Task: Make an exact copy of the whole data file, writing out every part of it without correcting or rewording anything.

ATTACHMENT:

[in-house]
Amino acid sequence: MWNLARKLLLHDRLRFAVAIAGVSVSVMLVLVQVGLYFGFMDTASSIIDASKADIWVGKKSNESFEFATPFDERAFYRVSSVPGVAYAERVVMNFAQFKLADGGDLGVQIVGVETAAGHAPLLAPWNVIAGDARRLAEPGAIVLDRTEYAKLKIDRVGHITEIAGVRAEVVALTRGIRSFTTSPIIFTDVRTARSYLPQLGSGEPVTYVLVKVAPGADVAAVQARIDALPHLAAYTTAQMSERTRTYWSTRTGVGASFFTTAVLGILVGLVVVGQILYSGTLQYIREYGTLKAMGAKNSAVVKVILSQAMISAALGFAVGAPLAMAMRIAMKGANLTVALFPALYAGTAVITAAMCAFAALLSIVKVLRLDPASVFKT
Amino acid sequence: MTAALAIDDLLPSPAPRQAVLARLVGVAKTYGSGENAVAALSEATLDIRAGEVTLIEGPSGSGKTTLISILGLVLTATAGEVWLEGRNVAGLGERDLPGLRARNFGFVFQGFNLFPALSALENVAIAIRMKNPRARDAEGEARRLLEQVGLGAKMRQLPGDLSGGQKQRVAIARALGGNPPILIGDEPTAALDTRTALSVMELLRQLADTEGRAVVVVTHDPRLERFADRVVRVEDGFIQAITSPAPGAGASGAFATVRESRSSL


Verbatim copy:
[in-house]
Amino acid sequence: MWNLARKLLLHDRLRFAVAIAGVSVSVMLVLVQVGLYFGFMDTASSIIDASKADIWVGKKSNESFEFATPFDERAFYRVSSVPGVAYAERVVMNFAQFKLADGGDLGVQIVGVETAAGHAPLLAPWNVIAGDARRLAEPGAIVLDRTEYAKLKIDRVGHITEIAGVRAEVVALTRGIRSFTTSPIIFTDVRTARSYLPQLGSGEPVTYVLVKVAPGADVAAVQARIDALPHLAAYTTAQMSERTRTYWSTRTGVGASFFTTAVLGILVGLVVVGQILYSGTLQYIREYGTLKAMGAKNSAVVKVILSQAMISAALGFAVGAPLAMAMRIAMKGANLTVALFPALYAGTAVITAAMCAFAALLSIVKVLRLDPASVFKT
Amino acid sequence: MTAALAIDDLLPSPAPRQAVLARLVGVAKTYGSGENAVAALSEATLDIRAGEVTLIEGPSGSGKTTLISILGLVLTATAGEVWLEGRNVAGLGERDLPGLRARNFGFVFQGFNLFPALSALENVAIAIRMKNPRARDAEGEARRLLEQVGLGAKMRQLPGDLSGGQKQRVAIARALGGNPPILIGDEPTAALDTRTALSVMELLRQLADTEGRAVVVVTHDPRLERFADRVVRVEDGFIQAITSPAPGAGASGAFATVRESRSSL